On a 650/1050, since it is auto-indexing, there is no need to monitor the shell plate. It expects to see: Handling being pulled down, Handle down, Handle being pushed up, Handle up, (repeat). This will catch Short Stroke and other other sequence as Bad Sequence.

It makes sense that this feature is most beneficial on presses where there is more user control (and more the user could make a mistake on) such as the 550. But, it will catch a short stroke on the 650 which can cause a lighter charge or squib. I hear that a 1050 has a physical short stroke preventing mechanism.

This type of monitoring is really good for the situation where you have been loading for an hour or two and the repetitive nature sometimes lulls you. The monitor will not tire and if an action is done out of sequence, it will alert you.

It can't monitor things like correct load information, or brass quality, etc., but that probably goes without saying.

I've seen these and I'm wondering if it's not just an "elegant solution to a nonexistent problem.

I will admit that it isn't for everyone. The truth is that if you keep your eye on the reloading process 100%, you shouldn't have any problems. But to err is human and I've read many stories of guys who have been loading for 10 or 20 years double charge or squib a round due to inattention. It is funny, but accountability is one of those things that keeps you more on your toes. When I reload with the press monitor, I know if I make a mistake, it is going to error on me so I try a little harder to be consistent. And, if I get tired or someone interrupts me when I'm loading and I do make a mistake, it lets me know.

It also has many other features such as statistics, maintenance tracking, etc. that are of benefit even if the monitoring isn't the primary reason someone might want one.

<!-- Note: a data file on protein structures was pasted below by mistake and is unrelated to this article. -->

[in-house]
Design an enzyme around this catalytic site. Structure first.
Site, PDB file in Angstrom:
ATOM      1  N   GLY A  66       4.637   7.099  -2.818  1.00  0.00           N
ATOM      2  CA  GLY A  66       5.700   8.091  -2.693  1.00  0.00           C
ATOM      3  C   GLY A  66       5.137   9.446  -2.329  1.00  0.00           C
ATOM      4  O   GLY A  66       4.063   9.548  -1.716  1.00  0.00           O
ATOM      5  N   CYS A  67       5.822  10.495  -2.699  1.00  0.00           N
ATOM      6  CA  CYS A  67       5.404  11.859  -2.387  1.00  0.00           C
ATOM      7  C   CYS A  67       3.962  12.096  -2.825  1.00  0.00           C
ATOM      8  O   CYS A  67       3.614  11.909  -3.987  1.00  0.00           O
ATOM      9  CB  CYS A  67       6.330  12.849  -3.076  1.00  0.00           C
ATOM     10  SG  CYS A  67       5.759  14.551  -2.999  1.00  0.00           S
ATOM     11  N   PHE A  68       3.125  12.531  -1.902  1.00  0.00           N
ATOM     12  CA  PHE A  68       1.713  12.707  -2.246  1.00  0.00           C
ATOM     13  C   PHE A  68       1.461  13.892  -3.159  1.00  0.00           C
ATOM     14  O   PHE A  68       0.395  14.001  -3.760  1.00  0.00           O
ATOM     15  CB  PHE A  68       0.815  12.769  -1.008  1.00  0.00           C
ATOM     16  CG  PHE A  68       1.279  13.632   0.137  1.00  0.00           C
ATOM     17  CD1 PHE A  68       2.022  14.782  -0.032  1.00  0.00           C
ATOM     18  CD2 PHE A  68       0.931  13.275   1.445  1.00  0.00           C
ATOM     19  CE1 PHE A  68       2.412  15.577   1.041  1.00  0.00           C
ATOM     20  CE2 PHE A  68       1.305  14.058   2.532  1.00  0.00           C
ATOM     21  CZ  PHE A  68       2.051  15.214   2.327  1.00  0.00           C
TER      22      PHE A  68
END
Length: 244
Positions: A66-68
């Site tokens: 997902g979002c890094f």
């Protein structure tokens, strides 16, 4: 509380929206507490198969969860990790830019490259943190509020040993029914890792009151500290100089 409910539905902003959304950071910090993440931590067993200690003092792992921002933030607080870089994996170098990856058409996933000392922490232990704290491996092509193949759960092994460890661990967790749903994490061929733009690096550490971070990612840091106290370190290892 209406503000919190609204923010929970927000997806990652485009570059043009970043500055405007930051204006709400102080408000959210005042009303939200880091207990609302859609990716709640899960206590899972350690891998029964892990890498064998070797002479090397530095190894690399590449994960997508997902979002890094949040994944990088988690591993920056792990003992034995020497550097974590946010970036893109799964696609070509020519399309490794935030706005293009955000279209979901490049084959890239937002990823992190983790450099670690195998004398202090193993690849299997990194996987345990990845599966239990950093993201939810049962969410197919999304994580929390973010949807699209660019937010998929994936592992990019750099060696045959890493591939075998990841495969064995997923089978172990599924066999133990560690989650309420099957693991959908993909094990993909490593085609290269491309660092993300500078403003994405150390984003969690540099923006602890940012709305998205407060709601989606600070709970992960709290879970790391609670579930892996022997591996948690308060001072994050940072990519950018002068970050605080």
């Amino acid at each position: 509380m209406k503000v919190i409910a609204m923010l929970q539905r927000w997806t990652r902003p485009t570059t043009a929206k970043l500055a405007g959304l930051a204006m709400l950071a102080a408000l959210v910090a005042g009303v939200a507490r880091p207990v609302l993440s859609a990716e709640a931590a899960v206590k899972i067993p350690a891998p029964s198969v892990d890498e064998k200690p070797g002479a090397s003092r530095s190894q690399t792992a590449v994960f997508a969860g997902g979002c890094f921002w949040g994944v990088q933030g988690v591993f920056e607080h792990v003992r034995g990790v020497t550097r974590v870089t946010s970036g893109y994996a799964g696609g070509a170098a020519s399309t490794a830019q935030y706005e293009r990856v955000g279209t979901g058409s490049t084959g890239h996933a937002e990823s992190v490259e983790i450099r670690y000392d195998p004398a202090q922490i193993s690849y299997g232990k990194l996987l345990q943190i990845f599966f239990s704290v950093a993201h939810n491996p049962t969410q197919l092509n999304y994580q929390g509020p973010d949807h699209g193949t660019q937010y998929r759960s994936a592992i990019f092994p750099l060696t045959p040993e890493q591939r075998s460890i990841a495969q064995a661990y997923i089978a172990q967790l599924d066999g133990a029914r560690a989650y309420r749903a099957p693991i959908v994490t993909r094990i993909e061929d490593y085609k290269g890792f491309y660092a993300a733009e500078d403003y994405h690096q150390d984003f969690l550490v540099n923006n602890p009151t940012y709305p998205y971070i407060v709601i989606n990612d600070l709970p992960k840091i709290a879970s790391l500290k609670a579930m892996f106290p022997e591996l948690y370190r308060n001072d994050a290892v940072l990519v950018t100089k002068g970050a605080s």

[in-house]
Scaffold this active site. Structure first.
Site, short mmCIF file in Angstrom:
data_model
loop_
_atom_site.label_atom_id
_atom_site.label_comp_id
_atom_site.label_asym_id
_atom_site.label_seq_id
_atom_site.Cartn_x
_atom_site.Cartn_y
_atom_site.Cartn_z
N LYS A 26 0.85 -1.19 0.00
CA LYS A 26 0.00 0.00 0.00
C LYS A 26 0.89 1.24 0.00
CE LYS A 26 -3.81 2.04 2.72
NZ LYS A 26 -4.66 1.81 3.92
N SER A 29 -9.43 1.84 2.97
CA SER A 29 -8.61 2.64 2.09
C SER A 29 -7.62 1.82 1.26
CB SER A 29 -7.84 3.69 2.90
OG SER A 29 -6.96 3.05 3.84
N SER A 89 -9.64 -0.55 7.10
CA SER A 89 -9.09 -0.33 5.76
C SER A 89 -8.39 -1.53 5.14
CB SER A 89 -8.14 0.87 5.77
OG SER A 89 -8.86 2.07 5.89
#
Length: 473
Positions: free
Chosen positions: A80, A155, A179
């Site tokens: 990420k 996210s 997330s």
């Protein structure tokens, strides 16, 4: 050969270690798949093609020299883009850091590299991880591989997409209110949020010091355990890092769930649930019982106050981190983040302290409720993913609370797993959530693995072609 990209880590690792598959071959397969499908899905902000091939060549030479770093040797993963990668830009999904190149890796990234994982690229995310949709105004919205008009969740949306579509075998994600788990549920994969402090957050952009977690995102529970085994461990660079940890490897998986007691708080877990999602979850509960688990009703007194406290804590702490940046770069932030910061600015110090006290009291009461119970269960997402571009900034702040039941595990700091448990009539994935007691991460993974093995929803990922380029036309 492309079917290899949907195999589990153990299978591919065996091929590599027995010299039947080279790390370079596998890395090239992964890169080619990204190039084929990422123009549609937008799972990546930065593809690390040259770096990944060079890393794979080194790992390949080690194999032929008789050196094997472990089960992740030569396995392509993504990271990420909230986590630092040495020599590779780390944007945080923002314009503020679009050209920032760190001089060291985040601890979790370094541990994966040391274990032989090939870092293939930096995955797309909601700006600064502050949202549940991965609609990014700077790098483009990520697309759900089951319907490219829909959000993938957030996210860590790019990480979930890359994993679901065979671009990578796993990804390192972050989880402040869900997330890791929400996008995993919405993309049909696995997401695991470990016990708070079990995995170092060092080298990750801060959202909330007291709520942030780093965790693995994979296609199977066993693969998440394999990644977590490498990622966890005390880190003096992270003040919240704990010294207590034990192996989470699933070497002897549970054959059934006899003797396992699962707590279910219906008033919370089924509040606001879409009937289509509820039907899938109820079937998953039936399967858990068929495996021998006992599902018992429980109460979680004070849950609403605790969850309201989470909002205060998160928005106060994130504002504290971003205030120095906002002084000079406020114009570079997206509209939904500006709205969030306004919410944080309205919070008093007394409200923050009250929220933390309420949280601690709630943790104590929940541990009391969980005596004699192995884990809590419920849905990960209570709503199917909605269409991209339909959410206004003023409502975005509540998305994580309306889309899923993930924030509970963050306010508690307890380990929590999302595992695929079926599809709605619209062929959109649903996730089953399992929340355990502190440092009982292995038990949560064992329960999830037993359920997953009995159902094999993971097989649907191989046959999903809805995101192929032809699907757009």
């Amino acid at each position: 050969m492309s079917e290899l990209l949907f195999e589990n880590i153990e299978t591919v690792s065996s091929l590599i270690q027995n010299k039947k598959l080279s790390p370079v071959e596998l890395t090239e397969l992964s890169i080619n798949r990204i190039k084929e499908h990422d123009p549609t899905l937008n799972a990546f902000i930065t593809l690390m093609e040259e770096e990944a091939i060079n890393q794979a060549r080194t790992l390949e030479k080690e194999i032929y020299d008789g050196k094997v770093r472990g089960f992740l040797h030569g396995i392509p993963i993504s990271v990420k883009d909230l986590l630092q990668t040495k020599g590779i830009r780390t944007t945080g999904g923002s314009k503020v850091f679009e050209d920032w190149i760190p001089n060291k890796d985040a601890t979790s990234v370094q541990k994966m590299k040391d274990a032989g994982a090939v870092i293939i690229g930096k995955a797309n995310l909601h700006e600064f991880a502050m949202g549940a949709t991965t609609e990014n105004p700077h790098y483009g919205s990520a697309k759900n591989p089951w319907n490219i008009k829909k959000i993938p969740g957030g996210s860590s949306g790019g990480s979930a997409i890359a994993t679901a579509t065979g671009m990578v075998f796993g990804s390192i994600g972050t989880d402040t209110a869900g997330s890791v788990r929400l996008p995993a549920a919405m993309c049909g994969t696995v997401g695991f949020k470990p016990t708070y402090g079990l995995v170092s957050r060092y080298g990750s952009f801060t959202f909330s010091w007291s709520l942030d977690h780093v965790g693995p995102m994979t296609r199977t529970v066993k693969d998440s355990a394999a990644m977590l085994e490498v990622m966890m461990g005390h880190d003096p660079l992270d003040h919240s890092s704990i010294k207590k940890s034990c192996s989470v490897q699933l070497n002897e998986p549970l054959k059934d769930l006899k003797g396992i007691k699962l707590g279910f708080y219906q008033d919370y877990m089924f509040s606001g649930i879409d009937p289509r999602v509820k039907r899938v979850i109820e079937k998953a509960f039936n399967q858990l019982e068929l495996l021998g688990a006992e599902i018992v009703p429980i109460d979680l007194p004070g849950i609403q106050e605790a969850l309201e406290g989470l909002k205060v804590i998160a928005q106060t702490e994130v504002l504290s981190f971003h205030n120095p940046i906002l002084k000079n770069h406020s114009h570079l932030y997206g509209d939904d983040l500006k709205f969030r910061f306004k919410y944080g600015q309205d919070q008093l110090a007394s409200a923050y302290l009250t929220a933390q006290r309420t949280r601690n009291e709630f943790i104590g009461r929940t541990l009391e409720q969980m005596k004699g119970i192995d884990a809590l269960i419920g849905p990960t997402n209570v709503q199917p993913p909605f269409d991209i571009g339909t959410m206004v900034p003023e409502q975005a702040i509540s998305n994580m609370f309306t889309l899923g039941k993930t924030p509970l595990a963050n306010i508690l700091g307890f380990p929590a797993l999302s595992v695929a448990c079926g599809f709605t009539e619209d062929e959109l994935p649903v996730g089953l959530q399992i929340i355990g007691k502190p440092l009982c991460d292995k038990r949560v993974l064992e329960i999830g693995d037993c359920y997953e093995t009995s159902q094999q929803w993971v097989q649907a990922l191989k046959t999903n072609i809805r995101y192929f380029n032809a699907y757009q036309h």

The builder claims to be a competitive shooter but nowhere is his name or any way to i.d. him

I would love to become a competitive shooter and have done some forum reading on it; but haven't ever been to a match. Primary issue is the lack of time. I know, priority priority. I think competitive shooters and shooting sports are really cool. I've been to some training (not enough) and carry a G19/S&W 442 every day, so conceal carry is a priority. I enjoy reloading as much or more than shooting, but nothing beats a couple hour getaway to blast at an outdoor range on a beautiful day.

I could not find any type of address or "solid" link to the builder or company. Email only with just a website. Something seems funny but it may just be me, who knows?

I work out of my home and I am a one person company. I would prefer to keep my home information private so I don't release it. I have a business P.O. Box if someone wants to send me a payment using a USPS MO instead of using PP because they are anti. Nothing funny here; I am a Christian and do my very best to treat others as I would like to be treated.